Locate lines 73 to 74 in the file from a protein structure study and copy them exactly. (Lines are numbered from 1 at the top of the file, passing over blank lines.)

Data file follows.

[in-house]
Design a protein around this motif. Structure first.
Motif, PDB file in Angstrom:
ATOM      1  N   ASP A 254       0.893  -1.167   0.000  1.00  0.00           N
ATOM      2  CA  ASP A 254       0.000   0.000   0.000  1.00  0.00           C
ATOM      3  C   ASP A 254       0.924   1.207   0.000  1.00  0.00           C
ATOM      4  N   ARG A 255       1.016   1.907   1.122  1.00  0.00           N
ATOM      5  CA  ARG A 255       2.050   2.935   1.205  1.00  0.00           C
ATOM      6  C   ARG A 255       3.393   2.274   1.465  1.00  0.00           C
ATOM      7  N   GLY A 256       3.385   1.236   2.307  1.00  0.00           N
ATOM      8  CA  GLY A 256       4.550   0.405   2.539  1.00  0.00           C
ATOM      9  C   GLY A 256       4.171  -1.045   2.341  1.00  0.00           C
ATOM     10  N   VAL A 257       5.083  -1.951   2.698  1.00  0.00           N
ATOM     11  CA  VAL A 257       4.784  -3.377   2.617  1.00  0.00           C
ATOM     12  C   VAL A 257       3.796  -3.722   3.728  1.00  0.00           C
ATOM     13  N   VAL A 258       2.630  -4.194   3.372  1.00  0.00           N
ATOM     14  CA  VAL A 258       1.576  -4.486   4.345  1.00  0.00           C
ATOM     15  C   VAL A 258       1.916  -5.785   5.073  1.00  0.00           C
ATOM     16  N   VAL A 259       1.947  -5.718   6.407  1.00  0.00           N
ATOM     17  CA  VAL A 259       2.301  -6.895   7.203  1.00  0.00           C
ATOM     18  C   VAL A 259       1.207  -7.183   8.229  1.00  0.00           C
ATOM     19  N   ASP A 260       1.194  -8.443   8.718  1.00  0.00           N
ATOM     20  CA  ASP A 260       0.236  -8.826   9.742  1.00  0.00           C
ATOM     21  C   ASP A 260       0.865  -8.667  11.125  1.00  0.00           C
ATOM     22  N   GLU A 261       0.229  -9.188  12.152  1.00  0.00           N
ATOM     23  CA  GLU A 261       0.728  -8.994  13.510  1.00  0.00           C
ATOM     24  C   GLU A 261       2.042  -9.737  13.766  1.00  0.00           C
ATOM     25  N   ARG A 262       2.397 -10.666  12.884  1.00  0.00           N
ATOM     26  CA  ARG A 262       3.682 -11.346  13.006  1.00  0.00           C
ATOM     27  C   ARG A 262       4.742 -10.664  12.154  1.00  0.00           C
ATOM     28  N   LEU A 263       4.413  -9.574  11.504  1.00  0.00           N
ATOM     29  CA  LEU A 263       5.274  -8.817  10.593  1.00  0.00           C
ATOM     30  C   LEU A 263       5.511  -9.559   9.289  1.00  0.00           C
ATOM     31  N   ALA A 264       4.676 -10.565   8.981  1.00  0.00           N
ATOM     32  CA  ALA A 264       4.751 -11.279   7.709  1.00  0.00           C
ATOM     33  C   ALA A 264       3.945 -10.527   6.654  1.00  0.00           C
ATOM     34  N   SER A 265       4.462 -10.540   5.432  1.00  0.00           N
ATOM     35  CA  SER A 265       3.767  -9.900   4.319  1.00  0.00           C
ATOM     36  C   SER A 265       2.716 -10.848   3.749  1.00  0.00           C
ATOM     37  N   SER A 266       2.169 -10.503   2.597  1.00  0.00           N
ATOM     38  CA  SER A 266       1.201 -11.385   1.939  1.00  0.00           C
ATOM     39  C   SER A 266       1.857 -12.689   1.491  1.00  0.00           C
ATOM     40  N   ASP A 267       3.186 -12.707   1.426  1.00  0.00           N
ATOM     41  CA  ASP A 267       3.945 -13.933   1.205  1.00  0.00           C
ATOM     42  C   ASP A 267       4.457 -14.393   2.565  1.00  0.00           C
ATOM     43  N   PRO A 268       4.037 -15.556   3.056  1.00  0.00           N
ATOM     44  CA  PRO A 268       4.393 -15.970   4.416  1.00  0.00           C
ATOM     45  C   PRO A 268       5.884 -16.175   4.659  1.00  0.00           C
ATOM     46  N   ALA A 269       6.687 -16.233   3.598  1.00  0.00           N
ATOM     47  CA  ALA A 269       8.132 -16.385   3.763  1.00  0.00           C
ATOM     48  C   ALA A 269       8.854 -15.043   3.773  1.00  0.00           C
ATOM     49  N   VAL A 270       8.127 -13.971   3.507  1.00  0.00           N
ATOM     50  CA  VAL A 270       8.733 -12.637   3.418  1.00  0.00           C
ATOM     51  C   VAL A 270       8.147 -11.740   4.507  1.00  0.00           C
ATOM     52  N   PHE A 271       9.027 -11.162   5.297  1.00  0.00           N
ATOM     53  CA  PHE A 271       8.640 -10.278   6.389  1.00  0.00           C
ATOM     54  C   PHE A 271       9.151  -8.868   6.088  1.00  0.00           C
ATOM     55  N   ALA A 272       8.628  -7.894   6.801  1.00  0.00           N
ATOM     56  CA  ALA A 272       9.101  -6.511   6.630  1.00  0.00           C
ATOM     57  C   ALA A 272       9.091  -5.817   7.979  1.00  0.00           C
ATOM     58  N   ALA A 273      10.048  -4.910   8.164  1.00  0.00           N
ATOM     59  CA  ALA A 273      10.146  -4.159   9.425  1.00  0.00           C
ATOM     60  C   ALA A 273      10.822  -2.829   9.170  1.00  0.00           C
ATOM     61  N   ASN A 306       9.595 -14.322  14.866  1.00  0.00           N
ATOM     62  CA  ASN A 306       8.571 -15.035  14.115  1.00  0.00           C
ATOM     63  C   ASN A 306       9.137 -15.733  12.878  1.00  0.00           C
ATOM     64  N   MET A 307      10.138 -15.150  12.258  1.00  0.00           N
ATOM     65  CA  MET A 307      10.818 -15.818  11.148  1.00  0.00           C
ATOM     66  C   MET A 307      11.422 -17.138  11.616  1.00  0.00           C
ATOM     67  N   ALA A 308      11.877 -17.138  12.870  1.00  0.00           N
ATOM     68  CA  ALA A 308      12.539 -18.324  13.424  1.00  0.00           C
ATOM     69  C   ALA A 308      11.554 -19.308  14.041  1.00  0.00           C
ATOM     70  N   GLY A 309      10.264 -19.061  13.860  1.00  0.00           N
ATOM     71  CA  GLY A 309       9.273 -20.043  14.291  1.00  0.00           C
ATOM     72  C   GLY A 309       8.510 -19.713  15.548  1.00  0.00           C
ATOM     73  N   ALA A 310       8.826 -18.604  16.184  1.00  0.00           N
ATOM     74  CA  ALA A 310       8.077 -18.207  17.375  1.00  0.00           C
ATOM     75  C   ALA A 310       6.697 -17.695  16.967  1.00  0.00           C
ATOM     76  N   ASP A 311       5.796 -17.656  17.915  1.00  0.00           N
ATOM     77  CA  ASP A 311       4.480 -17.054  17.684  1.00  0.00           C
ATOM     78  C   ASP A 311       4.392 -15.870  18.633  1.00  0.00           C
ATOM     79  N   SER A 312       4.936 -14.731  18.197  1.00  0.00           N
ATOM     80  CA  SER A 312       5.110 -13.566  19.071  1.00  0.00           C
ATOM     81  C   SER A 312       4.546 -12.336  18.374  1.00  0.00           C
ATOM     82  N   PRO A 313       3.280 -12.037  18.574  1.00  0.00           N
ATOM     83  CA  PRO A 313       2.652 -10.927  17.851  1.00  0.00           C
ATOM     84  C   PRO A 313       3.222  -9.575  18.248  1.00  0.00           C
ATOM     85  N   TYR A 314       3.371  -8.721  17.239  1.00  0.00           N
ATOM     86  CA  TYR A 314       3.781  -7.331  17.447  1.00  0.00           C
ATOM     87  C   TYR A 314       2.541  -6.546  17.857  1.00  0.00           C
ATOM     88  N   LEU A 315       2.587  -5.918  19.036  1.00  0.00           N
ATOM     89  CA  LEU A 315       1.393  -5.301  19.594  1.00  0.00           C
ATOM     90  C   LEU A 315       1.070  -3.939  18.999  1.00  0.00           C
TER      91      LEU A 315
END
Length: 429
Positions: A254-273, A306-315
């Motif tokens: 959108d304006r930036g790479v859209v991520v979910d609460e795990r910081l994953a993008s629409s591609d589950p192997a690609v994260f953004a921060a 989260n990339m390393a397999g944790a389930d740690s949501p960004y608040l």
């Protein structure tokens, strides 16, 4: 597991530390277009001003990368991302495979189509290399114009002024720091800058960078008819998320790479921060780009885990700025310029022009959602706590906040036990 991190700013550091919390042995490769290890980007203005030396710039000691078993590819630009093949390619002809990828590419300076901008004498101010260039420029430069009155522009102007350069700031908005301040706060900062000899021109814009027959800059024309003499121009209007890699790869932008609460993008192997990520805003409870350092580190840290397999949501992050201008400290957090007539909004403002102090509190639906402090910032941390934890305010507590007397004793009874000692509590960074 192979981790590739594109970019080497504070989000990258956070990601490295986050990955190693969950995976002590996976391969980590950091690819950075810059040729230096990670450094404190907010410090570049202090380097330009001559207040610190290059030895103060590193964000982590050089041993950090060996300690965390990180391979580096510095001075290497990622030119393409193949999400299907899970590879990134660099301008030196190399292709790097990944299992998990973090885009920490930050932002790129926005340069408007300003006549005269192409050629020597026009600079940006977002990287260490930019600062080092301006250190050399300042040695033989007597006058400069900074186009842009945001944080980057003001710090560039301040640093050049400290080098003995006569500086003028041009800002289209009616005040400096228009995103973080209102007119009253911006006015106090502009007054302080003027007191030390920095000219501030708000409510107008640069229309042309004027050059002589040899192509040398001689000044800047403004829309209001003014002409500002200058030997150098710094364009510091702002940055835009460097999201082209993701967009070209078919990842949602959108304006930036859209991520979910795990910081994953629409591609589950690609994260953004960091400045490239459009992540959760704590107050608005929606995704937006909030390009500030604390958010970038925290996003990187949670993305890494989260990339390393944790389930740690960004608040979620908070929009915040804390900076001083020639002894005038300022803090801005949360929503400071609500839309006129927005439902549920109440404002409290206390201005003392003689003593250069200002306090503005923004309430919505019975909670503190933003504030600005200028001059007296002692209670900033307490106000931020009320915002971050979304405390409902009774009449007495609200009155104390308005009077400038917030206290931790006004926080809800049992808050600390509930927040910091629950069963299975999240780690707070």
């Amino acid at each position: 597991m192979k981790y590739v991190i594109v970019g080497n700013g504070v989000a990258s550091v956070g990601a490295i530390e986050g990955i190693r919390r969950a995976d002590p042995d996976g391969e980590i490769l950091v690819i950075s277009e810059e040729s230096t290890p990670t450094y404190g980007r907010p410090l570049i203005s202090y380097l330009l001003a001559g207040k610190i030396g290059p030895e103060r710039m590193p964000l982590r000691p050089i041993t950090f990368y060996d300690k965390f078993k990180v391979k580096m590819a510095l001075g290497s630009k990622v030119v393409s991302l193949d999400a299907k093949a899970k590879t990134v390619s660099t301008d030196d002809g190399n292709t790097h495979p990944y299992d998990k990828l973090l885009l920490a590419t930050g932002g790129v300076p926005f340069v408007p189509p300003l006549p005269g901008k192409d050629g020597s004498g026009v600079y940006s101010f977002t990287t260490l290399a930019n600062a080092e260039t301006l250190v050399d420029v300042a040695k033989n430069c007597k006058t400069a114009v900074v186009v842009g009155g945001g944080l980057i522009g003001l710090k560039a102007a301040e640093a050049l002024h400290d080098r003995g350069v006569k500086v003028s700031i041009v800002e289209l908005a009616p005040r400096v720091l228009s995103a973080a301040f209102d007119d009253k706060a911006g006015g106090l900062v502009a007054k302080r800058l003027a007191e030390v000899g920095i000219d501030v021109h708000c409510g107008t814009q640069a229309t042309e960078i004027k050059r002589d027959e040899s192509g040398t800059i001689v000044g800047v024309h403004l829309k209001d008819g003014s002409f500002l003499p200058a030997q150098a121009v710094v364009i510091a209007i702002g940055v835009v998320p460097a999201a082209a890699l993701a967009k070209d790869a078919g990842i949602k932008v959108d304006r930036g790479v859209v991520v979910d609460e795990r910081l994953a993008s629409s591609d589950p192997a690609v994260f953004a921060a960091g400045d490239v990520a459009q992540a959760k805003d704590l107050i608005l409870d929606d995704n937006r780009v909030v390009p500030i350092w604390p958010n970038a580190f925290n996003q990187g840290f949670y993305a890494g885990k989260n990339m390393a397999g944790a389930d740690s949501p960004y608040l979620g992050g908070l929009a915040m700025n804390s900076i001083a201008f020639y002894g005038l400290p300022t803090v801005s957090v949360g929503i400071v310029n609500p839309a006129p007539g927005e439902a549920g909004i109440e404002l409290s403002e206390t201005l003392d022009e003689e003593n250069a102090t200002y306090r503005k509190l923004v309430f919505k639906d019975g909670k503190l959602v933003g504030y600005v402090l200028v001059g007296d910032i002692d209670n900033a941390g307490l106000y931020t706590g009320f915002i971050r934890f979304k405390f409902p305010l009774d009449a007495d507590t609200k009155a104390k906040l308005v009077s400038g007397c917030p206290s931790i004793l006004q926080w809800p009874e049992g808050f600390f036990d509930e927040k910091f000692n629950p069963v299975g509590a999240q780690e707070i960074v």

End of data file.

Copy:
ATOM     70  N   GLY A 309      10.264 -19.061  13.860  1.00  0.00           N
ATOM     71  CA  GLY A 309       9.273 -20.043  14.291  1.00  0.00           C